Angling and Fisheries organisations call on Ministers not to throw out the environmental baby in the Brexit bathwater
The UK’s major angling and fisheries conservation groups have today published a joint paper setting out their concerns over any moves to water down EU environmental legislation and urging the government to seize opportunities for reform of policies regarding farm subsidies and fisheries management in the wake of the Brexit vote earlier this year.The paper - BREXIT, FISHERIES AND THE WATER ENVIRONMENT – has been jointly produced by the Angling Trust & Fish Legal, Atlantic Salmon Trust, The Rivers Trust, Countryside Alliance, Salmon & Trout Conservation UK and the Wild Trout Trust. It was formally presented (pictured) to Environment Secretary Andrea Leadsom at this week’s Conservative Party Conference in Birmingham by Angling Trust & Fish Legal Chief Executive Mark Lloyd. Three-quarters of rivers in the UK are failing to reach good ecological status and much of this is down, not to industrial pollution, but to poor agricultural practices in their catchments. Many marine fish stocks are threatened as a result of commercial over-fishing. The groups argue that whilst there is an urgent need to reform the wasteful and environmentally damaging system of agricultural subsidies much of the improvement that has occurred in our natural environment has been underpinned by EU measures such as the Water Framework, Marine Strategy Framework and the Habitats Directives. The report calls for the Common Agricultural Policy (CAP) to be replaced by payments that reward environmentally sensitive practices delivered through farmer-earned recognition and voluntary accreditation. It also identified a number of opportunities arising from Brexit which could benefit both the aquatic environment and rural businesses. Angling Trust & Fish Legal Chief Executive Mark Lloyd said:
“There is no doubt that developing a new national post-Brexit agriculture policy to replace the CAP presents a golden opportunity to develop policies that will promote both a sustainable agriculture industry and sustainable and diverse ecosystems. The future of farming depends on healthy soil and we don’t want soil choking up our rivers. Tackling soil erosion would be good for food production, reducing flood risk, protecting biodiversity and restoring fish stocks. Subsidies for production need to be converted into catchment payments for delivering ecosystem services to society. Such incentives should be contract based, and rigorously enforced to ensure that is fair to the majority who do play by the rules. Polluters should pay, and shouldn’t be paid.”The report calls on ministers to make provision for the safeguarding of standards of environmental protection derived from European Union legislation, including for water, air, soil, flood protection, and climate change, after the withdrawal of the UK from the EU. It argues that retention of the EU environmental directives is essential in delivering the Conservative manifesto commitment “to leave the natural environment in a better state for the next generation” through a new 25-year DEFRA plan. Speaking at the Rural Reception at Conservative Conference the Angling Trust Campaigns Chief Martin Salter said:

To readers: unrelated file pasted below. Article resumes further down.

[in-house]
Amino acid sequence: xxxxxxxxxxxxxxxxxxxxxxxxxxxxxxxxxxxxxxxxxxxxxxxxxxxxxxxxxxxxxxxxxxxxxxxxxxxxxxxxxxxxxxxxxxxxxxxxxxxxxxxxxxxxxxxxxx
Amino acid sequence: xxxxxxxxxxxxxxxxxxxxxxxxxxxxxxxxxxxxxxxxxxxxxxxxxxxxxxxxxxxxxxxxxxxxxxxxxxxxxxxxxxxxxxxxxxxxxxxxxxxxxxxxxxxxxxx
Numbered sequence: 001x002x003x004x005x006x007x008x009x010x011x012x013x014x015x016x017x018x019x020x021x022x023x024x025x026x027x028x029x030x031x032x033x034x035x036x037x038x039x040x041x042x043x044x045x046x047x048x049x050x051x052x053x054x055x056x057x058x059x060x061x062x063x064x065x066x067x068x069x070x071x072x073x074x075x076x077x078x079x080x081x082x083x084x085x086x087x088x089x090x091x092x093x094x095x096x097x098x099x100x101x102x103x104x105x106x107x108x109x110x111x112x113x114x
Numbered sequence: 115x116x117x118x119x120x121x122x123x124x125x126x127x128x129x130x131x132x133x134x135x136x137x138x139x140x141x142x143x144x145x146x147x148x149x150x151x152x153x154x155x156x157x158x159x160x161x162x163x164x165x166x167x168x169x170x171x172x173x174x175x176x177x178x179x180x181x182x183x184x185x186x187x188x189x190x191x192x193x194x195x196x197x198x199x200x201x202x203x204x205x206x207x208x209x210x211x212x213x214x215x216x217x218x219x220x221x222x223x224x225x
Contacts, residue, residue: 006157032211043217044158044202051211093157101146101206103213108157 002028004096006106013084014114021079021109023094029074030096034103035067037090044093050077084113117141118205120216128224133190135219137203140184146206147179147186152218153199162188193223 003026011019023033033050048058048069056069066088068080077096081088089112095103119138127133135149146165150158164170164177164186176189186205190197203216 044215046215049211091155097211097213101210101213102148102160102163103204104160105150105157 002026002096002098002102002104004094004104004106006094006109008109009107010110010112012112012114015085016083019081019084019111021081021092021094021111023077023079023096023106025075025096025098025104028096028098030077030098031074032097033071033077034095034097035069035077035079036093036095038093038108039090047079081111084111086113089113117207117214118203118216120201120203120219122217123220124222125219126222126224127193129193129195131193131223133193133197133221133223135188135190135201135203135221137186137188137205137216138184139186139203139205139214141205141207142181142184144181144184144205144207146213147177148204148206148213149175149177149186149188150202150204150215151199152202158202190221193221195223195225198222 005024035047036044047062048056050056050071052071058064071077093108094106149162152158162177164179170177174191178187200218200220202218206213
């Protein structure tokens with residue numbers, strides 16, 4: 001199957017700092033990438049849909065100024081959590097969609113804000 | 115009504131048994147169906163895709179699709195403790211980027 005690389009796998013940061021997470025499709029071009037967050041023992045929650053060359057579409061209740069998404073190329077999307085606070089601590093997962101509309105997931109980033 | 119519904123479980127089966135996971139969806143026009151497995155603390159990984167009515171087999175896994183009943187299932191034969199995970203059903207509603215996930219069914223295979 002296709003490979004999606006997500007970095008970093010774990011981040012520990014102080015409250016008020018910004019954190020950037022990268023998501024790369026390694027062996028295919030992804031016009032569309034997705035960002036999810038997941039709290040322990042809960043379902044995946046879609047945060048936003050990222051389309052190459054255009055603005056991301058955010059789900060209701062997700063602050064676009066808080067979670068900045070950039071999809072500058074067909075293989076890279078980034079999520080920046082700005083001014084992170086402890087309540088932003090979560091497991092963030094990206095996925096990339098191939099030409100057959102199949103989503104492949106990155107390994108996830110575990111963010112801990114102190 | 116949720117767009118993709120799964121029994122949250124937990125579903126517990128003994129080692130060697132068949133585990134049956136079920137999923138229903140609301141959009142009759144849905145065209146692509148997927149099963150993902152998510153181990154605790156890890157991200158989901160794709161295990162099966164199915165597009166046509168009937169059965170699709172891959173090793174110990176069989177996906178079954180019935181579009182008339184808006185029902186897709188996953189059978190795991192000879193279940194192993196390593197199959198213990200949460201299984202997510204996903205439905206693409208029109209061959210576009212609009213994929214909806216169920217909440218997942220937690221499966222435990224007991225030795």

“We believe that these EU directives are all essential for improving the aquatic environment and protecting our fisheries and trust that Ministers will not throw out the 'environmental baby' in the ' Brexit bathwater'. In fact, we are hoping to see strengthening in some cases.”Paul Knight Chief Executive of Salmon & Trout Conservation UK added:
“Brexit presents us with an opportunity to give the full framework of our environmental legislation a distinctly British flavour to reflect the challenges of delivering the Conservative manifesto commitment to be the first generation to leave the environment in a better state than they found it, in an increasingly crowded island.”Arlin Rickard Chief Executive of The Rivers Trust said:
“We urge ministers to do all that they can to help ensure the UK safeguards existing environmental legislation and strengthens the protection of vital ecosystem services. This may be achieved through a combination of clear baseline regulation and incentives provided through new paid ecosystem services. The key being the development of innovative funding mechanisms like Cap & Trade and earned recognition opportunities, including upstream water company and local authority investment in water resource protection and Natural Flood Risk Management. It is absolutely vital that we ensure that the environment does not fall to the bottom of the pile of new policy and legislative decisions.”The report also calls for the sustainable management of marine fisheries based on scientific evidence and the designation of recreational-only species in recognition of the far greater social and economic benefits arising from sea angling than from commercial fishing. This and other policies should be encapsulated in a new national fisheries policy covering both marine and freshwater fish, which takes much greater account of the needs and role of recreational fisheries. The report concludes: A healthy environment underpins economic and social wellbeing for a whole host of reasons. This paper focuses on the impact of Brexit on fisheries, which make a major contribution to rural and coastal economies, but we believe that there are multiple wider benefits for society and the economy from continuing to work towards complying with European environmental protection legislation.